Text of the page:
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Health & Wellness / Healthy America

Tips for Preventing Dental Problems

teeth-dental-healthGoing to the dentist to replace a lost filling can be a miserable and costly experience. Not only do we lose time at work, the bill is likely to be expensive, and the procedure may be uncomfortable, or worse yet– painful. The best way to ward off dental problems is to take good care of your teeth. Here are 10 commonsense ways to prevent dental problems:

  • Limit your intake of sugary and acidic foods and beverages that are known to cause decay over time. Replace soda with water and avoid drinking excess fruit juice. Do not bite into hard candies or ice which can damage your enamel or break your teeth. Stay away from gummy foods which can tug at fillings and stick to your teeth.
  • Visit your dentist for regular cleanings at least once a year. Dental hygienists use professional tools to remove stubborn plaque, tartar, and bacteria that can easily build up in your mouth. A professional cleaning can reach places in your mouth that you may miss. Your dentist can give you tips for maintaining good oral health and screen you for gum disease and oral cancer. They can also make sure you have no issues with chewing or biting, and ensure that you are happy with your smile.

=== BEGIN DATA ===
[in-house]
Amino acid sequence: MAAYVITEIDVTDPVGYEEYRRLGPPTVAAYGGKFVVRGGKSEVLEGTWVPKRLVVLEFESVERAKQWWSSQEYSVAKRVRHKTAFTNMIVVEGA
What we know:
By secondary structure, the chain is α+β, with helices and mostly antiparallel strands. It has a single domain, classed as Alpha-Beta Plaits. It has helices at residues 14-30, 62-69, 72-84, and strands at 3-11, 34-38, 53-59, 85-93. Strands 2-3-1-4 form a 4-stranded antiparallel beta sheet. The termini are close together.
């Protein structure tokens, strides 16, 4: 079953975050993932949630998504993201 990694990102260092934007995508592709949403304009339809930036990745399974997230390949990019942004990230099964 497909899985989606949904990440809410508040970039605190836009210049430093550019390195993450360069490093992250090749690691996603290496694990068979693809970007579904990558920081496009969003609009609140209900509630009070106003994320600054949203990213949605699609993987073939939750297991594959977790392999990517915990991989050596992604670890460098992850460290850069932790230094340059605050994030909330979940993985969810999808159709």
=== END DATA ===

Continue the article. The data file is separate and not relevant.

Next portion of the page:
• Avoid smoking which can permanently stain your teeth and cause tooth and gum issues. Many people are unaware that smoking can lead to severe gum disease. Smoking also weakens the immune system and makes it difficult to fight gum infections. Also, it can take longer for smokers’ gums to heal. Should your dentist recommend a lifestyle change, such as reducing your intake of sweets or suggesting that you stop smoking, do not be offended. Note that it is because your dentist is concerned for your overall dental wellbeing.